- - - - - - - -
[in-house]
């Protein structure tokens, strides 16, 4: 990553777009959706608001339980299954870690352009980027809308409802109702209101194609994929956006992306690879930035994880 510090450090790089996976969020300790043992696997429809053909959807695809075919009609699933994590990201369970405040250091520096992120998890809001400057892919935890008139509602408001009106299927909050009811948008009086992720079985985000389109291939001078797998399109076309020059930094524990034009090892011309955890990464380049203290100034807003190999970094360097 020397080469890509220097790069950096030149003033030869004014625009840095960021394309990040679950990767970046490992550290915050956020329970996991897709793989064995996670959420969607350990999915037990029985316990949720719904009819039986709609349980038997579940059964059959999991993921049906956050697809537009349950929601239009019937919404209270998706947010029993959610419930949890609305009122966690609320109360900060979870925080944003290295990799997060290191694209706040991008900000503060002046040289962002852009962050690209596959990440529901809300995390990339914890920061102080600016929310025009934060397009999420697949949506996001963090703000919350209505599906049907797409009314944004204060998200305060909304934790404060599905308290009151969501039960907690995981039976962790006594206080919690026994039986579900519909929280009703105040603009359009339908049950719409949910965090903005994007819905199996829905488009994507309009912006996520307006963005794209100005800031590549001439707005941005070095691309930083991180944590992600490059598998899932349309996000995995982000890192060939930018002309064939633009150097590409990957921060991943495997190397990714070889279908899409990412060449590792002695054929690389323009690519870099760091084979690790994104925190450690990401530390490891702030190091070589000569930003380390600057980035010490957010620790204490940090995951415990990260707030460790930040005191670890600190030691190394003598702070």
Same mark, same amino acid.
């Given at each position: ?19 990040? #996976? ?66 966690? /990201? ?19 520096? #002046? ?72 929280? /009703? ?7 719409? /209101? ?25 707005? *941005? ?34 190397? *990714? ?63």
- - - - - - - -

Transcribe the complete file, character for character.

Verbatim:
[in-house]
């Protein structure tokens, strides 16, 4: 990553777009959706608001339980299954870690352009980027809308409802109702209101194609994929956006992306690879930035994880 510090450090790089996976969020300790043992696997429809053909959807695809075919009609699933994590990201369970405040250091520096992120998890809001400057892919935890008139509602408001009106299927909050009811948008009086992720079985985000389109291939001078797998399109076309020059930094524990034009090892011309955890990464380049203290100034807003190999970094360097 020397080469890509220097790069950096030149003033030869004014625009840095960021394309990040679950990767970046490992550290915050956020329970996991897709793989064995996670959420969607350990999915037990029985316990949720719904009819039986709609349980038997579940059964059959999991993921049906956050697809537009349950929601239009019937919404209270998706947010029993959610419930949890609305009122966690609320109360900060979870925080944003290295990799997060290191694209706040991008900000503060002046040289962002852009962050690209596959990440529901809300995390990339914890920061102080600016929310025009934060397009999420697949949506996001963090703000919350209505599906049907797409009314944004204060998200305060909304934790404060599905308290009151969501039960907690995981039976962790006594206080919690026994039986579900519909929280009703105040603009359009339908049950719409949910965090903005994007819905199996829905488009994507309009912006996520307006963005794209100005800031590549001439707005941005070095691309930083991180944590992600490059598998899932349309996000995995982000890192060939930018002309064939633009150097590409990957921060991943495997190397990714070889279908899409990412060449590792002695054929690389323009690519870099760091084979690790994104925190450690990401530390490891702030190091070589000569930003380390600057980035010490957010620790204490940090995951415990990260707030460790930040005191670890600190030691190394003598702070």
Same mark, same amino acid.
């Given at each position: ?19 990040? #996976? ?66 966690? /990201? ?19 520096? #002046? ?72 929280? /009703? ?7 719409? /209101? ?25 707005? *941005? ?34 190397? *990714? ?63």